Edinburgh health chair steps in amid concern over engagement and consultation over care homes
The chair and vice-chair of the body in charge of health and social care in Edinburgh are to lead future talks with unions over controversial care home closures after criticism about poor communication by management.
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Labour councillor Ricky Henderson, who chairs the Edinburgh Integration Joint Board [IJB], and vice-chair Angus McCann will also work with management on formulating the public consultation exercise over the closure plans and keeping board members updated.
The moves were agreed during a three-hour discussion of the plans to close five council-run care homes as part of a wider review of care provision in the city.
The board approved the closure of Drumbrae care home and its change of function to an NHS critical care assessment unit.
But a decision on the other four homes – Clovenstone, Fords Road, Ferrylee and Jewel House – has been deferred because of the planned consultation. The four buildings are said to be no longer suitable.
Unions had previously claimed any meeting with senior management was “little more than a box-ticking exercise”.
SNP councillor George Gordon told fellow board members: “Councillors have been receiving quite lot of emails from residents and care workers at Drumbrae.
"My understanding is they are being invited to various meetings where they are being told rather involved in meaningful debate.”
And he asked union representatives making a deputation to the meeting what barriers there were to engagement and communication.
Graeme Smith of Unite said: “The ongoing meetings have not been particularly fruitful and access to information is not particularly open.”
And Gerry Stovin of Unison said: “The consultation and work we do with the council is far superior – you just can’t compare it to the meetings and information from the IJB. That’s what happens when you don’t have accountability.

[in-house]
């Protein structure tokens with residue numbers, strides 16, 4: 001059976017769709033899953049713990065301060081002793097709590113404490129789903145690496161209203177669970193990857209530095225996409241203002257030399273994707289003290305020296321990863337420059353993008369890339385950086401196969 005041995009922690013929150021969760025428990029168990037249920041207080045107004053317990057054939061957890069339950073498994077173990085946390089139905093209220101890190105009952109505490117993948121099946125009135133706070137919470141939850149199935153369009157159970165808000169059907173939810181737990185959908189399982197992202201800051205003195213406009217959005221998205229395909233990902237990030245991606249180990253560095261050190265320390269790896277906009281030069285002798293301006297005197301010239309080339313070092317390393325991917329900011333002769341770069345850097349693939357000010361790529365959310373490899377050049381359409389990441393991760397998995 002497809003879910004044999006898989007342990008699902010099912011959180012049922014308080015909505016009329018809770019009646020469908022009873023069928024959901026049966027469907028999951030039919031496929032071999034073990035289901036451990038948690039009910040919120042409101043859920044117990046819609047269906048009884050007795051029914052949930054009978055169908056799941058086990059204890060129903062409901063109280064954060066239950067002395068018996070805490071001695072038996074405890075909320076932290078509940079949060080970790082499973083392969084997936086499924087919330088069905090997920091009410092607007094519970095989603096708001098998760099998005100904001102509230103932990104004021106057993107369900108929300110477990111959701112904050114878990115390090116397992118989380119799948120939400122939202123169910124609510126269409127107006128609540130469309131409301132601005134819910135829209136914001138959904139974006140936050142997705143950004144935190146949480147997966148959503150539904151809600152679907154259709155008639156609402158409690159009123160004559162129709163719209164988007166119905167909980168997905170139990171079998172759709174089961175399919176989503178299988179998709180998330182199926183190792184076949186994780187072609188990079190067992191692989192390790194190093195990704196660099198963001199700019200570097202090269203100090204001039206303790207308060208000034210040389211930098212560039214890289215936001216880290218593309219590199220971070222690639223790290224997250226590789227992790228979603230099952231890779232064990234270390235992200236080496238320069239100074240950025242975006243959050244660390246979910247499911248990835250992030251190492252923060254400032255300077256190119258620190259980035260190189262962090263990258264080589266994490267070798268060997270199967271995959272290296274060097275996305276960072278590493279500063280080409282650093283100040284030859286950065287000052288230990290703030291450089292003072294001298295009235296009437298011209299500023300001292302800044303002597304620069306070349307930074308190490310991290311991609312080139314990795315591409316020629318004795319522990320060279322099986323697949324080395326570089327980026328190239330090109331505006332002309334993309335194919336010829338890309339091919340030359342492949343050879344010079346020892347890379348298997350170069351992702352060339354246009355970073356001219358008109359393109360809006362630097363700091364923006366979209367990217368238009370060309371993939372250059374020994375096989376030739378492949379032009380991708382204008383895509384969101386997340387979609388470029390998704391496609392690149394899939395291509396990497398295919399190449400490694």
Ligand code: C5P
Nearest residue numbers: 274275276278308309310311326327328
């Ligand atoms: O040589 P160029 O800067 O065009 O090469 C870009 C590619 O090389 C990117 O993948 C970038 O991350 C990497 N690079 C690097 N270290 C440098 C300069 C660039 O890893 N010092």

“The meetings have been very, very poor. We've asked for information and everything takes so long.
"Nothing is discussed in any detail between one IJB meeting and the next.”
Officials told the board there were meetings with the unions every week and they shared the information they could and answered questions to the best of their ability.
There was much criticism over a lack of consultation with staff, unions, residents and families when the closure plans were first unveiled in June, but now the board has promised as comprehensive a consultation as possible.
However, Des Loughney of Edinburgh TUC, urged the IJB to ask the council to carry out the consultation for them.
He said: “After what happened earlier this year, we do not have any confidence a consultation process run by the IJB will address trade union and public concerns. The IJB seems solely concerned to persuade the public to accept its proposed plan.”
Cllr Gordon said he was concerned about the governance of the review and suggested the chair and vice-chair might get more involved.
And Green councillor Melanie Main proposed they should also meet regularly with the unions and the IJB’s lead officials, saying: “Leadership from the chair and vice chair could be really helpful in that area.”
Cllr Henderson said: “Angus and I will take on responsibility for working with management leads on how the consultation exercise is going to be formulated and also contacting the unions and setting up a semi-formal arrangement with them to maintain that communication route.”